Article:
Arriving near the foothills of Mount Cameroon was exactly what we needed to shake off the horrors of recent events. The temperatures were much cooler, the crowds of people were greatly diminished, and we were hoping that the herpetofauna would be even more abundant and diverse than we had previously been finding. Soon after checking into our accommodations we began searching the surrounding forests for amphibians and reptiles.
After hiking for several hours, we came upon a group of youngsters playing in a clearing, and they immediately approached and asked what we were doing there. After we explained that we were looking for reptiles, one of the boys pointed into a tree and asked, “You mean like that one?” We swiveled around to see that he was pointing to the top of a tree about 40 feet away, where a chameleon was perched on a thin branch.
“Yes, exactly!” was my response, but how would we get to the chameleon? There was no way Joe or I could possibly climb the fragile, delicate tree high enough to reach it. Without hesitation, two of the boys began breaking off long, thin branches. One of them used his to gently prod the chameleon while the other placed his branch directly in front of it. Within seconds, the chameleon walked onto the waiting branch and the young man lowered it down to my waiting hands. It was so simplistic and amazing to watch, and there in my grasp was a beautiful male Cameroon sailfin chameleon (Trioceros montium)! We thanked the boys with some treats we had with us and continued on our way to search for more treasures.
Hours later, we had several pairs of sailfin chameleons as well as a number of crested chameleons (Trioceros cristatus). Yet despite the relief of cooler temperatures and finding the two species of chameleons, as well as several common skinks (Trachylepis affinis), we decided that the herping would be better down at the lower elevations where the warmer, more humid forest would have a greater diversity of herpetofauna.
We descended to the city of Limbe, located on the extreme southwestern coast of Cameroon, where we stopped at the local zoo. It featured only a few monkeys, several birds and two reptiles, but one of the staff advised us to visit a forest near the village of Mbalangi to search for snakes. His advice paid off, and with his help we soon found a beautiful African burrowing python (Calabaria reinhardtii) and a feisty spotted night adder (Causus maculatus).
Beneath the leaf-litter on the forest floor we uncovered an exceptional spiny toad (Amietophrynus tuberosus), as well as a slender forest gecko (Hemidactylus ansorgii). The low vegetation yielded some interesting frogs, too, and as darkness fell we found a nice diversity of reed frogs, including the rare gray-eyed frog (Opisthothylax immaculatus), the variable reed frog (Hyperolius concolor) and an attractive Victoria Forest tree frog (Leptopelis boulengeri).
Leaving Cameroon in Frustration
After a month, and under less than ideal circumstances, it was eventually time to leave Cameroon. But before we could depart, we had to make one more trip to the permit office to obtain export permits for the specimens we had collected. In Cameroon, however, even this normally straightforward task turned out to be riddled with problems.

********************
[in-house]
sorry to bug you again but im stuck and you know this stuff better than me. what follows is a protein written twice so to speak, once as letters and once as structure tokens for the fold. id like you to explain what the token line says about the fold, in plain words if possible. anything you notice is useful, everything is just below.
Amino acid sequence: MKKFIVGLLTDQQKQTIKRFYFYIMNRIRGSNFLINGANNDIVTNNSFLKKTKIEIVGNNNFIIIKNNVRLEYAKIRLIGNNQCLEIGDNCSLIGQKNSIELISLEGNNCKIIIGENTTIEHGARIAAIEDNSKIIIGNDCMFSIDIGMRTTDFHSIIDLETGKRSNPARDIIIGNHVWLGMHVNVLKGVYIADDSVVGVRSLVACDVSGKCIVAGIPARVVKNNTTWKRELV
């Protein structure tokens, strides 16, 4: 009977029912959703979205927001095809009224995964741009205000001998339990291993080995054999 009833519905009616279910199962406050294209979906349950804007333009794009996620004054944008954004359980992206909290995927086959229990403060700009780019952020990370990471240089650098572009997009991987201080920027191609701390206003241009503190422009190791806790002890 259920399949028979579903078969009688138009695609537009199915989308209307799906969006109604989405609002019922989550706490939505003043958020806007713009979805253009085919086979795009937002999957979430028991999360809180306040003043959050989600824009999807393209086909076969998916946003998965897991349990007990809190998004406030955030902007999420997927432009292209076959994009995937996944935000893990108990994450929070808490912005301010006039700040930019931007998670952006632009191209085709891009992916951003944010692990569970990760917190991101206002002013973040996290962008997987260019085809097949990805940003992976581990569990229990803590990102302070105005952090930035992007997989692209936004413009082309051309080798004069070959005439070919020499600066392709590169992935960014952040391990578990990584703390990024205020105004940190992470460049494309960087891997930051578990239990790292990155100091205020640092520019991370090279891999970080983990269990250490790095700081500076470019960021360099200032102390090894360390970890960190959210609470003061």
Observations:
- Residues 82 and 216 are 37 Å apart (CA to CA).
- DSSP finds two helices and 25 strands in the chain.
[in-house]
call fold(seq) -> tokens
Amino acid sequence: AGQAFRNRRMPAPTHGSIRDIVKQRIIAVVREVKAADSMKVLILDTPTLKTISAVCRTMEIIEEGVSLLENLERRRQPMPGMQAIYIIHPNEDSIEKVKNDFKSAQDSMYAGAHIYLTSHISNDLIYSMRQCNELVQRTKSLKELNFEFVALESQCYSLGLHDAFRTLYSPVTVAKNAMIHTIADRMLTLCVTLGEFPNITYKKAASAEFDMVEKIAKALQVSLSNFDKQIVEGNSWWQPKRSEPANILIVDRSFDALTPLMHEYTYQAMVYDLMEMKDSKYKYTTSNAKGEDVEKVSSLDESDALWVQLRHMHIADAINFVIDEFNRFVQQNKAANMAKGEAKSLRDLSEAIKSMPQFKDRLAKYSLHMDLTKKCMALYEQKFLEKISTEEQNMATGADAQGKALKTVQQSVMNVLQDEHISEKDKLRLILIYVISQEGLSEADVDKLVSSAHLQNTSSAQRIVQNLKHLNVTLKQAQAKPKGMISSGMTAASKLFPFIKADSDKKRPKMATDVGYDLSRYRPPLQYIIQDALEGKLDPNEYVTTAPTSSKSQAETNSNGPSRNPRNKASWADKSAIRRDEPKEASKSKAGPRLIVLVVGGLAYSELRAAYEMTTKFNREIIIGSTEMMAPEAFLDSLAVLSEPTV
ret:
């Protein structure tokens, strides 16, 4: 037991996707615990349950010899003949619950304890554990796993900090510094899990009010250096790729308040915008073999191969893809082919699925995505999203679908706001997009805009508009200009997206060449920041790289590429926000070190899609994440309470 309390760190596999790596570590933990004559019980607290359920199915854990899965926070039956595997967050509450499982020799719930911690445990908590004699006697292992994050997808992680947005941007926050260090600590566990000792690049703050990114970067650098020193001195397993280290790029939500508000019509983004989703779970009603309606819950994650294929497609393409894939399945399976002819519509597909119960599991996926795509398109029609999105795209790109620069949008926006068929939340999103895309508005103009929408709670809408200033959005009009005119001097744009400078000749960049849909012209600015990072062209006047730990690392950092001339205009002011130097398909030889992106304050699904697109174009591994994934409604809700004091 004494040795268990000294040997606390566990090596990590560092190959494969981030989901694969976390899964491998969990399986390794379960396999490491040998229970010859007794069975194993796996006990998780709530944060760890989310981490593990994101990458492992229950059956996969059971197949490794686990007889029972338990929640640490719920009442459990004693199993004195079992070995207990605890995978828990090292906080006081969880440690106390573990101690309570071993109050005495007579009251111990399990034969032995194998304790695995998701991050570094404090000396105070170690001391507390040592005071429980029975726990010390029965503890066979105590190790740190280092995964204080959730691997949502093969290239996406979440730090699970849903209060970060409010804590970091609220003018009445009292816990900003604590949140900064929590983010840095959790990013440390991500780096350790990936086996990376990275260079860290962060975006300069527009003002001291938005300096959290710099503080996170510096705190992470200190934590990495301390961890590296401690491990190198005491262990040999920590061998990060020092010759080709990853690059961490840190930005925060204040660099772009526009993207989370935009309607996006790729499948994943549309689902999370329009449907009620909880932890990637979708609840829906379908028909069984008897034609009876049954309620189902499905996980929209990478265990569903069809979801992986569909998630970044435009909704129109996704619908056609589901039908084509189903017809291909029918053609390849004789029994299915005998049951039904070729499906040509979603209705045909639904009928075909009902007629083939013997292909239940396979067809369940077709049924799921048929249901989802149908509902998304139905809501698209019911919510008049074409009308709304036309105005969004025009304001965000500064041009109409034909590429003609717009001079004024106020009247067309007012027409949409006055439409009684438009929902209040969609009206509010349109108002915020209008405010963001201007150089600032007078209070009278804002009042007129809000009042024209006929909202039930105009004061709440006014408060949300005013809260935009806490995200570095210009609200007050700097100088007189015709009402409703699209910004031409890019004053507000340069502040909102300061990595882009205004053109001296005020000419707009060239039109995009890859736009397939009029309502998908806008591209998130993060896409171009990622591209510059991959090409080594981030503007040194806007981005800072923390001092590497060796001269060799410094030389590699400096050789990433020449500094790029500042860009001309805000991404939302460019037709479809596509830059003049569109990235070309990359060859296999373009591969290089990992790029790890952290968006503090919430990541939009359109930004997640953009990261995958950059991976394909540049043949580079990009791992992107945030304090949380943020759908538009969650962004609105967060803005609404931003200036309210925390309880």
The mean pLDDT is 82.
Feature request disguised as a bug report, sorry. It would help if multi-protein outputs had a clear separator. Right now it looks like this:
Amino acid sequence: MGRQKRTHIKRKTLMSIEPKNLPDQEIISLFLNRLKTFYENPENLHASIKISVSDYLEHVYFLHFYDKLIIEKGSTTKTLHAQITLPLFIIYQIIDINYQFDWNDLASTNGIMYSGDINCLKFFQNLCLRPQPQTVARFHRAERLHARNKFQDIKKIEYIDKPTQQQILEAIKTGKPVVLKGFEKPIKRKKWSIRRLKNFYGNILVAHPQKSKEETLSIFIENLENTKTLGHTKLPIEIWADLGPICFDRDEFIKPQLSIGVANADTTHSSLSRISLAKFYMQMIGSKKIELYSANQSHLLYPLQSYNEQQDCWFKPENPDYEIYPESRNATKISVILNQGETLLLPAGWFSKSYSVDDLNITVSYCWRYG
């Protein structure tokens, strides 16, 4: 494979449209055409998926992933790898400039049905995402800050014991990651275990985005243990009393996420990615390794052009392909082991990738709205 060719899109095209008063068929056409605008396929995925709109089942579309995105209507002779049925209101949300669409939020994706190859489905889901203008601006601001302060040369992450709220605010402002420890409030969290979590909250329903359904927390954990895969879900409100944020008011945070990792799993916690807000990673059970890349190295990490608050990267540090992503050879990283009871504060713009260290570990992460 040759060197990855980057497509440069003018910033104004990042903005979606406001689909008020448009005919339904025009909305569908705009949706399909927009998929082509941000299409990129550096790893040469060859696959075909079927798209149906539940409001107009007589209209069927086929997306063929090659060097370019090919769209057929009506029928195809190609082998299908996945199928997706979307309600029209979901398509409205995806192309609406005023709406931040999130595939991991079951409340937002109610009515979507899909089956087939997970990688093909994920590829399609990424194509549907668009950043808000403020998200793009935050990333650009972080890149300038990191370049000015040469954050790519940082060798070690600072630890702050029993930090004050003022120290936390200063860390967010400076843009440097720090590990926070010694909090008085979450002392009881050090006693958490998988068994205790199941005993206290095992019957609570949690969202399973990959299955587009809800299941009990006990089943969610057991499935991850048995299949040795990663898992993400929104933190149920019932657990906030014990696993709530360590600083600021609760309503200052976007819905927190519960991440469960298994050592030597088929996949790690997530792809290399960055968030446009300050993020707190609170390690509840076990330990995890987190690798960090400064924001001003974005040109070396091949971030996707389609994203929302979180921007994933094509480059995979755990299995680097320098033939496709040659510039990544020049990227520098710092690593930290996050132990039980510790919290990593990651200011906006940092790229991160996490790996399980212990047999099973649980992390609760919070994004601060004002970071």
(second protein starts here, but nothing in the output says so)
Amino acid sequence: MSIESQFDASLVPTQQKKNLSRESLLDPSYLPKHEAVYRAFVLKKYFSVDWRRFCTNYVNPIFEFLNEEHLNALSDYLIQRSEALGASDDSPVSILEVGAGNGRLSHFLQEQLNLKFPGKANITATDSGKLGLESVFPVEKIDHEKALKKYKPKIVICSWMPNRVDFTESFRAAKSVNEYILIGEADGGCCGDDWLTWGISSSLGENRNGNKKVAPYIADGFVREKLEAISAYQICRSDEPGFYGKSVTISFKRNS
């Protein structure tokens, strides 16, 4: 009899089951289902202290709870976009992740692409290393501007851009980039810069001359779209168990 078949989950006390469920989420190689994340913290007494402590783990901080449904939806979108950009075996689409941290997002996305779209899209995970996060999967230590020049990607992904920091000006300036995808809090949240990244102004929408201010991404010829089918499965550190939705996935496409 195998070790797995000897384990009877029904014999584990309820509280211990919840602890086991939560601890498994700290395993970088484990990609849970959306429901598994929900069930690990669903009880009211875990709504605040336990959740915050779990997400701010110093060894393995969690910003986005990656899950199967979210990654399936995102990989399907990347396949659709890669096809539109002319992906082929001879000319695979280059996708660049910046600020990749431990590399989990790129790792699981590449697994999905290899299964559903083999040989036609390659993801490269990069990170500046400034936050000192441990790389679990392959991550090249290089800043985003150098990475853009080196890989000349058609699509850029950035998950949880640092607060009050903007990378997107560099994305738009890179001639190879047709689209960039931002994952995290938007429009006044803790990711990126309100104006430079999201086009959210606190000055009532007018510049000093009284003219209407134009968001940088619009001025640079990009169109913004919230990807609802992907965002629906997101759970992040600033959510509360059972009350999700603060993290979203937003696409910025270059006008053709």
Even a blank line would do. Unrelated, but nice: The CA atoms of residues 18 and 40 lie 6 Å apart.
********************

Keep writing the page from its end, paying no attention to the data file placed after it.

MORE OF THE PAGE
To begin with, I had to pay a fee for each specimen collected, ranging from 2 dollars for small frogs and lizards to 20 dollars for turtles and snakes. I tried explaining to the administrator that I was collecting under a scientific permit and not a commercial one and was told that these were the fees for a scientific permit; those for a commercial permit would be substantially higher.
At this point all our money was gone, but that wasn’t even the worst of it. Upon examining the finished export permit, I noticed that any amphibian or reptile of which we collected more than one species was lumped together into a single name. So the two species of chameleons were listed as Chamaeleo, all the toads were Bufo (at the time these animals were collected, they were still in the genera Chamaeleo and Bufo; now they are considered Trioceros and Amietophrynus), and so on. I tried explaining that this would result in problems upon my return to the U.S., but the administrator said that was not his concern.
Sure enough, upon landing back in the States, I declared my specimens to U.S. Fish and Wildlife Service, whereupon all the specimens we collected were confiscated due to incomplete and inaccurate permits. Such was a fitting end to an incredibly difficult trip.
After several months of lengthy communications with the USFWS I was finally able to convince them that all the specimens were collected and exported legally, and they were ultimately returned to me. Unfortunately, more than half of them had died during this process.
This memorable trip took place nearly a quarter century ago, and while Joe and I experienced numerous problems and setbacks, it is hoped that conditions today have since improved in Cameroon, and that visitors may now have a much better overall experience. The herpetofauna is admittedly amazing, so good luck if you go!
Paul Freed is the former supervisor of herpetology at the Houston Zoo. He retired after a 25-year career and moved to the Pacific Northwest, where he and his wife Barbara continue to travel domestically and abroad to enjoy the great outdoors. He now spends much of his time photographing amphibians and reptiles as well as writing about his travel adventures. His book, Of Golden Toads & Serpents’ Roads, chronicles Paul’s passion for travel and the allure of observing reptiles and amphibians in the wild.